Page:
The influence of 3 mothers, part 1By Randell Tiongson on May 10th, 2010
Yesterday was Mother’s Day. It was a time to honor our mothers and a time for us to reflect on how important mothers are in this world. To a great degree, we are who are today because of the influence of our mothers. I am who I am today because of the influence of 3 mothers – not just my character, values and principles; even my being an advocate of life and personal finance. This blog is for me to publicly honor the 3 mothers in my life: my mother Leonila Reyes – Tiongson, my maternal grandmother Paz Garcia – Reyes and my wife, Mia Mapa – Tiongson.
My mother was a caring and nurturing mother like most mothers out there. She was a great mom to all of us and we were a hand full because we are 7 siblings. My mom had to raise 7 distinctly different and difficult kids as we were demanding, self-centered and even rebellious. On top of that, my mom was also a great wife to our father. Mommy understood what self-sacrifice meant when he married my father and gave life to us. She was a blessed child – a society icon of her youth, chauffeured and pampered in every way. At a young age, instead of being self-absorbed, she married my father and lived a life serving her husband and her children.
My mom was a fantastic finance officer – great at cash flow management, allocation of resources, debt management and even investing. Mommy was a super finance officer despite not having any formal training (she is a licensed pharmacist). She took charge of all the finances of my father’s businesses – from jeep manufacturing to fishponds to steel fabrication. Despite limited resources, my mom was able to ensure adequate cash flow, minimizing debt exposure and proper accounting. Mom kept records of everything in a very orderly manner and was a very good steward. She once told me that should my dad ask her where the money goes; she can give an adequate report down to the last centavo (dad never asked her). My mother had tremendous fiscal discipline which we rebelled a little bit against because we didn’t know any better. Mommy made sure that each and every one in the family is properly fed, clothed, schooled while at the same time ensuring the financial viability of the family business. How did she do that? My mom understood one thing that she held steadfast to – spend less than what you earn! My mother made us realize about their priorities and that sacrifices were needed to be made. Despite all these challenges, my mom was timid and quiet but had a strong confidence in her, in a regal manner. Mommy didn’t spend much on clothes, jewelry, bags and make up; hardly ever goes to the salon, never even went to a spa yey until the very last days of her life, she was just as beautiful as she ever was – inside and out.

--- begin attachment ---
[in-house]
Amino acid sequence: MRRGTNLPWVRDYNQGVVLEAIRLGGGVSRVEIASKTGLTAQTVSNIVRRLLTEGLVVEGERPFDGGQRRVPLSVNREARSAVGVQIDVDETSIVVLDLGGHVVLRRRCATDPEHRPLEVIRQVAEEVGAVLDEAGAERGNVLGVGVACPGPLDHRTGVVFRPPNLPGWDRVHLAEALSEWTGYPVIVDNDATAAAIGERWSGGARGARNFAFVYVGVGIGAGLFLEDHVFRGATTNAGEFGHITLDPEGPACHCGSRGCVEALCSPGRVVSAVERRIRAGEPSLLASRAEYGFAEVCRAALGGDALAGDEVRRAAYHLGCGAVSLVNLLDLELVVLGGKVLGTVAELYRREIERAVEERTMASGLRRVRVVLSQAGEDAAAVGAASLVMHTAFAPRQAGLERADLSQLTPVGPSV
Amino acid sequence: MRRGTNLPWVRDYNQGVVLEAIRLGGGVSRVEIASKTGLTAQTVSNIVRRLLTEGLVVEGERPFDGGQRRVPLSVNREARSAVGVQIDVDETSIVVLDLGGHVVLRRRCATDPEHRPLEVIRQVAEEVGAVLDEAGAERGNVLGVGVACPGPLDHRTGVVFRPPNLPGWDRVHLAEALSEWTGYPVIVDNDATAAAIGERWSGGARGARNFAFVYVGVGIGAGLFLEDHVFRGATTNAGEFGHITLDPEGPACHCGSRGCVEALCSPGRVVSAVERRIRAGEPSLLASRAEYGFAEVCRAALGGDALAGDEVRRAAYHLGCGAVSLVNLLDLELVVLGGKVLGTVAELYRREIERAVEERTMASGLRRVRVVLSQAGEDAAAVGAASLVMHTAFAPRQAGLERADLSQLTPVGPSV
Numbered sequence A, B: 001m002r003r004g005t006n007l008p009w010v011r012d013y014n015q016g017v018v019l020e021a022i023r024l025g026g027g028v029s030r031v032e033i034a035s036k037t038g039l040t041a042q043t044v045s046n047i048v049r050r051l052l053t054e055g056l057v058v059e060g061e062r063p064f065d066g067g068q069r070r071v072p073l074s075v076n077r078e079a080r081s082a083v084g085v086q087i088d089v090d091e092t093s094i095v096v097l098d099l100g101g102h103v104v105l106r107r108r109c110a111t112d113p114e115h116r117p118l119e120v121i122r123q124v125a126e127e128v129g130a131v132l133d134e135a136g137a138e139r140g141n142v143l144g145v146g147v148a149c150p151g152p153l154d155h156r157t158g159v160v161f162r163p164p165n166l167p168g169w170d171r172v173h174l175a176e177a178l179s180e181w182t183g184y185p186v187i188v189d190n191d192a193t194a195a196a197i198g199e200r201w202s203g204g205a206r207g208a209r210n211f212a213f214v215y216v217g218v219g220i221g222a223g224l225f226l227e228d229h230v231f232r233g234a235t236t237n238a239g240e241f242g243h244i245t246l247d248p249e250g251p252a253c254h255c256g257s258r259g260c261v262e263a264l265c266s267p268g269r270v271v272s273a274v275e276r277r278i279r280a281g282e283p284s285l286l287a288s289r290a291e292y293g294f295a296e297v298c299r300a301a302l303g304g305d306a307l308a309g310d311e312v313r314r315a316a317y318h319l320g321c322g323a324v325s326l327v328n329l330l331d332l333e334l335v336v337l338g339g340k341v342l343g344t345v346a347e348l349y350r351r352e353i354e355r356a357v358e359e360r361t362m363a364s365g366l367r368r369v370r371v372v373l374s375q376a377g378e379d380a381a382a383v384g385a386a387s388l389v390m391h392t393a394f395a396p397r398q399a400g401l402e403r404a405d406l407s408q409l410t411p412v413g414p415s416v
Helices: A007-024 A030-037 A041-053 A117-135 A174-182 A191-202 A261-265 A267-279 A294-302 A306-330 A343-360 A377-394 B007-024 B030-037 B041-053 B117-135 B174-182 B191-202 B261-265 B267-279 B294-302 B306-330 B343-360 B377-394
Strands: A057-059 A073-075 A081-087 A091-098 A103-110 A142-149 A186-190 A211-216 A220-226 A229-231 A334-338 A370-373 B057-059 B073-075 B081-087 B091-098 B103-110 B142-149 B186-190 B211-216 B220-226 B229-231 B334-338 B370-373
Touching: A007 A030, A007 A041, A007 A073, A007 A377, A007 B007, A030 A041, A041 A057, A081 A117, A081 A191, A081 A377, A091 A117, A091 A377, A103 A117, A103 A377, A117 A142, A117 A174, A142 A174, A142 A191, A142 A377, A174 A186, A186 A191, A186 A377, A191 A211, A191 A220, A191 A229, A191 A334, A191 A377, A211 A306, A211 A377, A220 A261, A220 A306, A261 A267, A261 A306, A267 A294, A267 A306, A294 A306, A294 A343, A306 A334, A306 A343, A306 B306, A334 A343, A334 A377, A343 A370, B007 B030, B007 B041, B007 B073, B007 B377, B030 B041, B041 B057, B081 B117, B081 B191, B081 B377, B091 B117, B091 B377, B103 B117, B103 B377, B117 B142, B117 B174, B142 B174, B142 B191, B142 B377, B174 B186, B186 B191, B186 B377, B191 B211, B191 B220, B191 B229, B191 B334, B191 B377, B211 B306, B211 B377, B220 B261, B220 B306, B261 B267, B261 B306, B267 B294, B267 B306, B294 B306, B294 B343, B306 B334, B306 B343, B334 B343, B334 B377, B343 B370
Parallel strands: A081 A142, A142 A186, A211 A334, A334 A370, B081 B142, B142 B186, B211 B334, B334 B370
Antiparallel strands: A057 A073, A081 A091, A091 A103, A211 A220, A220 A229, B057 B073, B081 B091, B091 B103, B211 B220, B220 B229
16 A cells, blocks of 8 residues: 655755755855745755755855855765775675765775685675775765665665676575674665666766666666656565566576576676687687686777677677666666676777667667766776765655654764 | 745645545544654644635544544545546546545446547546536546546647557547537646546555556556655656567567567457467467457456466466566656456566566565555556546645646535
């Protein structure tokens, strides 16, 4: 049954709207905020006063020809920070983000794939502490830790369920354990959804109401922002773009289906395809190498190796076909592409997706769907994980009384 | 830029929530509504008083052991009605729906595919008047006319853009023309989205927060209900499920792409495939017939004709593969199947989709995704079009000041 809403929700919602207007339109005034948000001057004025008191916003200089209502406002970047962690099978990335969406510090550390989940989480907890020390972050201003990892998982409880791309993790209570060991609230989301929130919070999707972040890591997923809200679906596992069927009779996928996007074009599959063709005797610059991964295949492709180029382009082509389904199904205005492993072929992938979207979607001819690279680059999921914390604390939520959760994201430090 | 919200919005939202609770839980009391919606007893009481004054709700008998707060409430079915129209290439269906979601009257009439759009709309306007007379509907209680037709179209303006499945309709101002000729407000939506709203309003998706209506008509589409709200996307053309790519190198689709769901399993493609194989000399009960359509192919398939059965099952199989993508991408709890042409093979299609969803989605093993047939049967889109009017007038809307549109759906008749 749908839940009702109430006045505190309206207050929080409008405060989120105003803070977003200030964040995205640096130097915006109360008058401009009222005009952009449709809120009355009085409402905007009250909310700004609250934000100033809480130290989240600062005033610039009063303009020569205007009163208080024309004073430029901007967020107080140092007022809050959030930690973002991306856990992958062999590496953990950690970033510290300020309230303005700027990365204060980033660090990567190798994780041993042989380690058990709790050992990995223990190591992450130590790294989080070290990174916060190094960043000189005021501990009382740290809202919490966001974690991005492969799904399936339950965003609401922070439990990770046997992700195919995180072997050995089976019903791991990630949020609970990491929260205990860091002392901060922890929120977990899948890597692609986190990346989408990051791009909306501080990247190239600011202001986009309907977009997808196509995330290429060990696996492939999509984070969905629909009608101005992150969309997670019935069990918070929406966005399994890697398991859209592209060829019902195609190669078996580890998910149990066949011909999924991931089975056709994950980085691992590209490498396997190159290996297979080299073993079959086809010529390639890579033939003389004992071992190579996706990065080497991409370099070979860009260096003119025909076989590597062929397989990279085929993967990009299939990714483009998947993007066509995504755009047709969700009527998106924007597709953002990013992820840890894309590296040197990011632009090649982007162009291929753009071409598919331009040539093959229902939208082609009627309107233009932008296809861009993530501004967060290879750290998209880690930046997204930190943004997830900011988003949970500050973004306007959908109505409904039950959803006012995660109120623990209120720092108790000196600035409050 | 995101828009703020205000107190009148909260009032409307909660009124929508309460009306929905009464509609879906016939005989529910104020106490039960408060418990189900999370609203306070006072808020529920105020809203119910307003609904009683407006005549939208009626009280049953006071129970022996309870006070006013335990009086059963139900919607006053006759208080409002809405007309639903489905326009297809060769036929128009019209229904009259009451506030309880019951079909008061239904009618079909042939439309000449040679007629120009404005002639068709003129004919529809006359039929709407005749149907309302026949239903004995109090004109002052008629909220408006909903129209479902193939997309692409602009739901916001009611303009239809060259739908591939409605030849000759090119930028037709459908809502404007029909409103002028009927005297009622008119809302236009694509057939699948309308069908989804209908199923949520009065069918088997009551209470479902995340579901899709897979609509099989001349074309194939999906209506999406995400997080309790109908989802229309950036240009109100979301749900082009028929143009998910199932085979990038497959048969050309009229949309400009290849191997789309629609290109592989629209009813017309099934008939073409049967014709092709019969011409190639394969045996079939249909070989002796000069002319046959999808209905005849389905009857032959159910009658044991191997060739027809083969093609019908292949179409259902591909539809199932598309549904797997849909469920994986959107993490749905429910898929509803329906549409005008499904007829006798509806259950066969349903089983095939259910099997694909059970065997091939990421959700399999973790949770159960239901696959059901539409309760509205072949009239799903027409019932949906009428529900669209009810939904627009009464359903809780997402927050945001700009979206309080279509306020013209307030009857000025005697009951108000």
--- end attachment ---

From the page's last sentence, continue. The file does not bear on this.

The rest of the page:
I lost my mother when I was just 20 years old but the lessons I learned from her, I carry until today. By the way, my mom was my very first fan – I was about 17 or 18 years old when she told me that I was different from all her children and that if I am deliberate and work hard on my goals, I can achieve great things. She was a great motivator and my great encourager; and most of all she was a great wife to my dad and great mother to me and my siblings.
… to be continued